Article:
The CORBA C Mapping Beyond Repair CORBA IN

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The CORBA C++ Mapping: Beyond Repair? CORBA IN THE BALANCE MARS 2007 AL-03 -14

The CORBA C++ Mapping: Beyond Repair? CORBA IN THE BALANCE MARS 2007 AL-03 -14 GORE Middleware & the Human Spirit Douglas C. Schmidt Vanderbilt University Institute for Software Integrated Systems

Disclaimer This talk presents my quixotic perspective as a long-time CORBA advocate & does

Disclaimer This talk presents my quixotic perspective as a long-time CORBA advocate & does not (necessarily) represent any company’s perspective

Motivation

Motivation

What are the Problems? 1. Memory management is too complicated & easy to get

What are the Problems? 1. Memory management is too complicated & easy to get wrong due to lots of rules to memorize, e. g. , • Storing strings within sequences & structs • Not handling the return reference from an operation, but passing it to another operation • Not setting length() of sequence properly • Not duplicating object references properly • Not using Servant. Base_var properly Many of these problems stem from the lack of “self-managing” types in the C++ mapping

What are the Problems? 2. Lack of standard C++ classes makes CORBA look “old

What are the Problems? 2. Lack of standard C++ classes makes CORBA look “old & lame” & causes extra work for programmers • e. g. , it’s a lot of work to move the data back & forth between the standard C++ types you want to manipulate & the types you need to pass as parameters 3. A tremendous amount of code gets generated for the C++ mapping, leading to bloat & slow compilation • The size difference between the same essential set of functionality can be roughly on the order of 5: 1 • e. g. , for e*ORB C & C++ on Red Hat 9 Linux compiled with gcc 3. 2 the C libec_poa. so is 29 kbytes C++ vs libe_mpoa. so is 105 kbytes

Top 10 Things to Fix in C++ Mapping 1. All memory should be selfmanaged

Top 10 Things to Fix in C++ Mapping 1. All memory should be selfmanaged • This includes CORBA: : Object, sequences, strings, structures of all types, etc 2. Structs & unions should have useful constructors 3. Arrays should be implemented using std: : vector<> 4. Fix valuetypes so they use consistent reference counting scheme 5. All types should offer exceptionsafe swap() operations 6. Use bool, wchar_t, wstring, std: : vector, etc. • Do not introduce new types unless you must 7. Repeat number (1) until you reach (10) Many more suggestions in CUJ columns by Vinoski & Schmidt • http: //www. ddj. com/dept/cpp/184403757 • http: //www. ddj. com/dept/cpp/184403765 • http: //www. ddj. com/dept/cpp/184403778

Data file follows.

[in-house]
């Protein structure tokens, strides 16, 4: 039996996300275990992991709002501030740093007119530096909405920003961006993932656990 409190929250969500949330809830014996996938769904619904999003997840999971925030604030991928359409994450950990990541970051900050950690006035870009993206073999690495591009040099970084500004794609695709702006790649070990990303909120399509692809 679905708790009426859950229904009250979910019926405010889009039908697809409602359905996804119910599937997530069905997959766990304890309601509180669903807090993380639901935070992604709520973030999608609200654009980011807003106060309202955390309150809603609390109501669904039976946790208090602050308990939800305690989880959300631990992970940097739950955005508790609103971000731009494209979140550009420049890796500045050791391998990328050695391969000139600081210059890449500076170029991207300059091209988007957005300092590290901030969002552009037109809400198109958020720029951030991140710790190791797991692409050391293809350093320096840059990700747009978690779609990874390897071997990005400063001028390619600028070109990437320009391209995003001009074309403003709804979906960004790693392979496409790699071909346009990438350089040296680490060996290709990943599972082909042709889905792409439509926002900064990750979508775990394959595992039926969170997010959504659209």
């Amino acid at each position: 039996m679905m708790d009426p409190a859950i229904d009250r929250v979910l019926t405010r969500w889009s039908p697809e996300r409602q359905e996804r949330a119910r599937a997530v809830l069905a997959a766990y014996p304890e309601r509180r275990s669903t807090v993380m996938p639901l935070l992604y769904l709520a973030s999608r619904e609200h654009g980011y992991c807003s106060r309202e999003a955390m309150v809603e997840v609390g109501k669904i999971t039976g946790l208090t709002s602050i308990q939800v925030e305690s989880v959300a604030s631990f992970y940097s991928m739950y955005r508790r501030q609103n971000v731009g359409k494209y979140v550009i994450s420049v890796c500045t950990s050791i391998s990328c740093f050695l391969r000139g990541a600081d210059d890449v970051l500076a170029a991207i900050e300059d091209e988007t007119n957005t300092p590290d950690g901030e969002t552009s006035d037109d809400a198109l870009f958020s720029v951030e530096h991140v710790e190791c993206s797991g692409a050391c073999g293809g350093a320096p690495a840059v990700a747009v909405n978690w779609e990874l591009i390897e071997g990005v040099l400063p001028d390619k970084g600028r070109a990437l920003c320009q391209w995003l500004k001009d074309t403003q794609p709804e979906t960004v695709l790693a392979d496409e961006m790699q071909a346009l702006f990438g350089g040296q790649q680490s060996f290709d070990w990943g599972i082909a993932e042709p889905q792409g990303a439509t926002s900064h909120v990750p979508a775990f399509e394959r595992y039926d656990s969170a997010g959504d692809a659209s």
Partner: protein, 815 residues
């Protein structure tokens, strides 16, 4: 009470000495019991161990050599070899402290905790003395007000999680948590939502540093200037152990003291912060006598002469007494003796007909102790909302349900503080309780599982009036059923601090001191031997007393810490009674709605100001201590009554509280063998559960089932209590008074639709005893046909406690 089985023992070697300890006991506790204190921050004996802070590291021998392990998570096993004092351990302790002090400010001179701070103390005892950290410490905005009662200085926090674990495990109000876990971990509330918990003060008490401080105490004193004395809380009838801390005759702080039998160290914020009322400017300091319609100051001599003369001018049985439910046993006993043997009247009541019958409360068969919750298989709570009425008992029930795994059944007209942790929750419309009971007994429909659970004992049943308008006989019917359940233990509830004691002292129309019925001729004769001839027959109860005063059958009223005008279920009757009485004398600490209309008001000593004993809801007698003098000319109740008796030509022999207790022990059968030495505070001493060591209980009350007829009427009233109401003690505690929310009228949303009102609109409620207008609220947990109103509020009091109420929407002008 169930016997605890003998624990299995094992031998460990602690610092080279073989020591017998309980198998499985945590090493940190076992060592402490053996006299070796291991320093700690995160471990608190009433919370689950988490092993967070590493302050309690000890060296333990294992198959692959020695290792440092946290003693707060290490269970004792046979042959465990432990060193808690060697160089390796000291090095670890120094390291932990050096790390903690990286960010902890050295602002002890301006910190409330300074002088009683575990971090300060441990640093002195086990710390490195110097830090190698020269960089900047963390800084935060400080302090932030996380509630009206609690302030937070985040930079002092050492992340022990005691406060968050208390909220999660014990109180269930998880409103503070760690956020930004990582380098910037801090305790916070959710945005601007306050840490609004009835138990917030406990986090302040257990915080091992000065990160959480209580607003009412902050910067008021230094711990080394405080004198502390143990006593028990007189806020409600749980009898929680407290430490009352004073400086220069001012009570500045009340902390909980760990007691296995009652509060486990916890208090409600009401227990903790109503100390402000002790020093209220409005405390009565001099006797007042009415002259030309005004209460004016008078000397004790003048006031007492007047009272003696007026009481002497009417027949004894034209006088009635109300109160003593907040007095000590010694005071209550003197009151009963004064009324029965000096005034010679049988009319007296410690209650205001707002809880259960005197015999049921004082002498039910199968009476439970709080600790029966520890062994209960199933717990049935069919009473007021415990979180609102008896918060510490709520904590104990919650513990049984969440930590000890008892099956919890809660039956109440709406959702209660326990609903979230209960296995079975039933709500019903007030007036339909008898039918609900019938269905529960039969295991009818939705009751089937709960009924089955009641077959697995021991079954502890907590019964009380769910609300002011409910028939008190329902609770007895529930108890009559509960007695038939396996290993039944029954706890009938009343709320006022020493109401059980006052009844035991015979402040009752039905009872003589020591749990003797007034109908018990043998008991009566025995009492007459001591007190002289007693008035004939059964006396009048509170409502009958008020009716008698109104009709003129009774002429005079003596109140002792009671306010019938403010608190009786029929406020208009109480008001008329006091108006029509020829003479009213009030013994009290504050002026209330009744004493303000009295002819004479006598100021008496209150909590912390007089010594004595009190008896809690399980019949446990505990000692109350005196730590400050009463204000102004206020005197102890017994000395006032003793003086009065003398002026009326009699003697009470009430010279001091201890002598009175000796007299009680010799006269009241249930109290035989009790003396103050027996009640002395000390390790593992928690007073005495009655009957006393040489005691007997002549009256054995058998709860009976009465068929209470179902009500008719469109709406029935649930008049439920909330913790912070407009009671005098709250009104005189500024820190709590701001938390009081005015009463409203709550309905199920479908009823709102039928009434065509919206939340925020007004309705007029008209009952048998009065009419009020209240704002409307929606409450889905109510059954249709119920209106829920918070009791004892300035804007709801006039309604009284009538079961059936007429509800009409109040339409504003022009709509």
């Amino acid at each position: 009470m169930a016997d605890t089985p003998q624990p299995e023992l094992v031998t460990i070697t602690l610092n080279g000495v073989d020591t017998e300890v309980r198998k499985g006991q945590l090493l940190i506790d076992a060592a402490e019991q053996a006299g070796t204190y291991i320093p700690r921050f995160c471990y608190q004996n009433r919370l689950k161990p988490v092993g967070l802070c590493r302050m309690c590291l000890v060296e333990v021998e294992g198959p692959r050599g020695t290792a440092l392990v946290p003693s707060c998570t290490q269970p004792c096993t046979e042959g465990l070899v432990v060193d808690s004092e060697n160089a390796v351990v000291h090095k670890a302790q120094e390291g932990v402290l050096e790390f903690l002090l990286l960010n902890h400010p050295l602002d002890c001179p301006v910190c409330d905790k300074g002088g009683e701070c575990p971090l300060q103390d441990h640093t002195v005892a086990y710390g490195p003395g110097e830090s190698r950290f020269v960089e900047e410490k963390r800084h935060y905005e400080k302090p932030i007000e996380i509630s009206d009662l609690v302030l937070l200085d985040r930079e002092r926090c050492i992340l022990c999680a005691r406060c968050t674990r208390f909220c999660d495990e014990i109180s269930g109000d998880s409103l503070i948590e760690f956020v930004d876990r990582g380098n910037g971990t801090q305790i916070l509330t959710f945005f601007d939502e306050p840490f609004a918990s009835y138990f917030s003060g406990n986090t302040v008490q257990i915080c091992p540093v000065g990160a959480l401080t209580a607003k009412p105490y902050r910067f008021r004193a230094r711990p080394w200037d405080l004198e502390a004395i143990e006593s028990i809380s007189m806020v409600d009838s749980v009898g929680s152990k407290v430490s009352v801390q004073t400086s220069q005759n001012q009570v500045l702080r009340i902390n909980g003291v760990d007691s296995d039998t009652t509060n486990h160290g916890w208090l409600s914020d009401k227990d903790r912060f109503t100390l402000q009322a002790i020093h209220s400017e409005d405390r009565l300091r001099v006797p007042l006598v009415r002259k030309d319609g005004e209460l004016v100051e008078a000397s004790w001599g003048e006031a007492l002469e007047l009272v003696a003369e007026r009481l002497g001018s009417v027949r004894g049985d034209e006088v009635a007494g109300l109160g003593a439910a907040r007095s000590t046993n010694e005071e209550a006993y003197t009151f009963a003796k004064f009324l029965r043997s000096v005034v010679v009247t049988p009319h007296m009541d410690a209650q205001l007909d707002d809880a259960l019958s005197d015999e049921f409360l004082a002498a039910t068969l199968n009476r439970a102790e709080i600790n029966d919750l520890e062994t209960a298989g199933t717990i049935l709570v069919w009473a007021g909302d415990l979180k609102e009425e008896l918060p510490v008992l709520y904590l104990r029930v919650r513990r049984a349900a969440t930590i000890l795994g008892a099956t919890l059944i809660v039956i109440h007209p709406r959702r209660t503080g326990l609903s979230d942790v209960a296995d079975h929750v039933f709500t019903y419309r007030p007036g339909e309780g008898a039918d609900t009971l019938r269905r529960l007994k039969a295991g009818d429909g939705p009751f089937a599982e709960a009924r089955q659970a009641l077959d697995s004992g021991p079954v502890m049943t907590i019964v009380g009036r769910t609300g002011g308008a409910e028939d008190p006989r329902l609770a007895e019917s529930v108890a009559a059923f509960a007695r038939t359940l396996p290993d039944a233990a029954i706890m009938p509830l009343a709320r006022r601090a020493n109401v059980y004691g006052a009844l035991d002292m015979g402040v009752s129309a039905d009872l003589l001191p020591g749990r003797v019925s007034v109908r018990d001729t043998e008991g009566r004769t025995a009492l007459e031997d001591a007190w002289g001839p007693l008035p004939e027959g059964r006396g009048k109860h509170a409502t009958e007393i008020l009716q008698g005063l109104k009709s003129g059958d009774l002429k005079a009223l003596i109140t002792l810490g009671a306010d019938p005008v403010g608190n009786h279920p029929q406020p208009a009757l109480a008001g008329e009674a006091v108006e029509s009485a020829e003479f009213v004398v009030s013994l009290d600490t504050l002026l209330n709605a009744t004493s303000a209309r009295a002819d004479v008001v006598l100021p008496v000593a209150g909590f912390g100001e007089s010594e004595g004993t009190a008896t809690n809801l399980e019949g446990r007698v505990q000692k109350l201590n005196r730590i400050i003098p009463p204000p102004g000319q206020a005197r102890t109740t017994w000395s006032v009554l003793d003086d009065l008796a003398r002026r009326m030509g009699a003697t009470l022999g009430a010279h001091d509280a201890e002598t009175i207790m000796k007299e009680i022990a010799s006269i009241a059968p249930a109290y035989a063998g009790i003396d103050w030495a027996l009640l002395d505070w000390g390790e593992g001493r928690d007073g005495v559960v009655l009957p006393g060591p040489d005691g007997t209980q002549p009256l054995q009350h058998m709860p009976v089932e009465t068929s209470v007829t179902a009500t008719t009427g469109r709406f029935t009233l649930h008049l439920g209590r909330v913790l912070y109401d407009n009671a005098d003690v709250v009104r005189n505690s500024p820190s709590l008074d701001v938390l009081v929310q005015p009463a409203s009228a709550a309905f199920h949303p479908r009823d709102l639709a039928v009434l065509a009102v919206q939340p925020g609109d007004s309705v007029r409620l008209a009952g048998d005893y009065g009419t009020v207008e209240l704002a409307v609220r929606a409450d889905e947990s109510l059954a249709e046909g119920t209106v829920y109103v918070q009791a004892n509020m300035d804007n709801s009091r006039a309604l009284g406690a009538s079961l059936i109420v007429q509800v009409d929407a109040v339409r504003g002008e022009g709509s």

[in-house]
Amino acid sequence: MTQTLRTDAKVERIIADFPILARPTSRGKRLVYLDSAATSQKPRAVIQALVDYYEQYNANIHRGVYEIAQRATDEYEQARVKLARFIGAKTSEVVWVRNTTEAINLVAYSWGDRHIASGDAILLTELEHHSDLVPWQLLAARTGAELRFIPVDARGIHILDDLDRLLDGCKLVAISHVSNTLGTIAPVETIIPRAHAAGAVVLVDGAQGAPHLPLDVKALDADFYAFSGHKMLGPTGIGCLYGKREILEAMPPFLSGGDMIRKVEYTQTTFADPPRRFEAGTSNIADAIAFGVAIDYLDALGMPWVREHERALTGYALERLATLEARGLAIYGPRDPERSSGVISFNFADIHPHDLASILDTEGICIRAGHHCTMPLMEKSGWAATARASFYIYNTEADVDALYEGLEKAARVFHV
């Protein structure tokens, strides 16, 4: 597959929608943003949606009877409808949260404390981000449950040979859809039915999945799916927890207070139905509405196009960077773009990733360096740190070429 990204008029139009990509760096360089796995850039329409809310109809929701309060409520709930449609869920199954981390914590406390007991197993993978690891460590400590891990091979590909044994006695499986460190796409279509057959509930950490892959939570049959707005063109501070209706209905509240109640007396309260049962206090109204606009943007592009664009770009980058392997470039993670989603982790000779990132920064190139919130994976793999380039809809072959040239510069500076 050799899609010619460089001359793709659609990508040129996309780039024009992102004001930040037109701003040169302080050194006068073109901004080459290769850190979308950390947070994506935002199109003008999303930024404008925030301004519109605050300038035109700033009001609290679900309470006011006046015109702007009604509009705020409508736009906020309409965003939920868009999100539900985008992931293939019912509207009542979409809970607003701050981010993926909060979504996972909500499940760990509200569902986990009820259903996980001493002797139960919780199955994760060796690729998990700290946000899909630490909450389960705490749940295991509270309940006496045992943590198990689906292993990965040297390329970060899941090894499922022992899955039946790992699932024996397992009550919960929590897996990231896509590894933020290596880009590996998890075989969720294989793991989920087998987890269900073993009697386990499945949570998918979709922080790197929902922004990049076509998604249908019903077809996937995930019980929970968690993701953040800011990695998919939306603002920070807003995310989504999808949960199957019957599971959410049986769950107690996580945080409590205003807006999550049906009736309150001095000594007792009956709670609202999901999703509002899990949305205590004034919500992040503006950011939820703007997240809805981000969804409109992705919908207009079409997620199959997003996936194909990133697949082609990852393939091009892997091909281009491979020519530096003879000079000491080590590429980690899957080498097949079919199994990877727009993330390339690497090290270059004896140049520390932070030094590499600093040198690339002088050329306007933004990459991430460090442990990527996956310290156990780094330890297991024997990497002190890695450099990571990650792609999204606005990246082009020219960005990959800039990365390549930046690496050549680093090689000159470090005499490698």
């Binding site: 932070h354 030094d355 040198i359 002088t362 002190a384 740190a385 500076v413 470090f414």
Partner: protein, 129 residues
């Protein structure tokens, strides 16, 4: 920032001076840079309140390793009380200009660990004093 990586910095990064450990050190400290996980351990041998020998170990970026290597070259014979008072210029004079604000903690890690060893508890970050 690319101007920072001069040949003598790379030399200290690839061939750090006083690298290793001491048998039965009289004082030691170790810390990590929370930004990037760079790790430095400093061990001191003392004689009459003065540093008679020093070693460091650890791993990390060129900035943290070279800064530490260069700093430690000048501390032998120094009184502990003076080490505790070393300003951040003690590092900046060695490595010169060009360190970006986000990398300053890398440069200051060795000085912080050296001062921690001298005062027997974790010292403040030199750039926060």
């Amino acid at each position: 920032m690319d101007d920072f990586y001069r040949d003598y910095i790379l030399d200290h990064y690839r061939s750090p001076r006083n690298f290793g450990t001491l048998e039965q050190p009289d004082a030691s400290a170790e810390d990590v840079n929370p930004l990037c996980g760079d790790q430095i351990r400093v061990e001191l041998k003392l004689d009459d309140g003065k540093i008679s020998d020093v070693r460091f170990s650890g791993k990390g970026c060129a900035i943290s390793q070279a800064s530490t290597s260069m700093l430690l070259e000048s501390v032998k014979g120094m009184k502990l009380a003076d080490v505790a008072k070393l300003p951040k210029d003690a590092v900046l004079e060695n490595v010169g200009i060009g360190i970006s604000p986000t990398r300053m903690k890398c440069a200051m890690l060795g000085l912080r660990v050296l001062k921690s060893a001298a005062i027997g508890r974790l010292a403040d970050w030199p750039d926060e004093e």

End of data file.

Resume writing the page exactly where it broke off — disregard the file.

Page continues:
Why All This Is Hard • Tyranny of the installed base • Not clear

Why All This Is Hard • Tyranny of the installed base • Not clear what the strategic directions are for CORBA

Some Options • Wait for CORBA vendors to devise general fixes • Pros: Establish

Some Options • Wait for CORBA vendors to devise general fixes • Pros: Establish critical mass of vendors necessary to assure impact • Cons: To paraphrase the eminent Jay-Z: “I've got ninety nine problems but the C++ mapping ain't one” • Define an alternative mapping for a specific domain, e. g. , embedded systems • Pros: Probably more realistic than trying to standardize a totally new general mapping • Cons: Doesn’t address the problem of trying to grow the overall general CORBA market • Define an alternative general mapping & prototype it via open-source ORBs • Pros: Let the market decide, i. e. , similar to Boost for C++ • Cons: Establishing critical mass • Adopt the ICE C++ mapping wholesale • Pros: Well thought out & based on “modern” C++ • Cons: Legal implications, i. e. , is the ICE spec “open”? Ultimately, this isn’t a technical issue, per se, it’s a question of…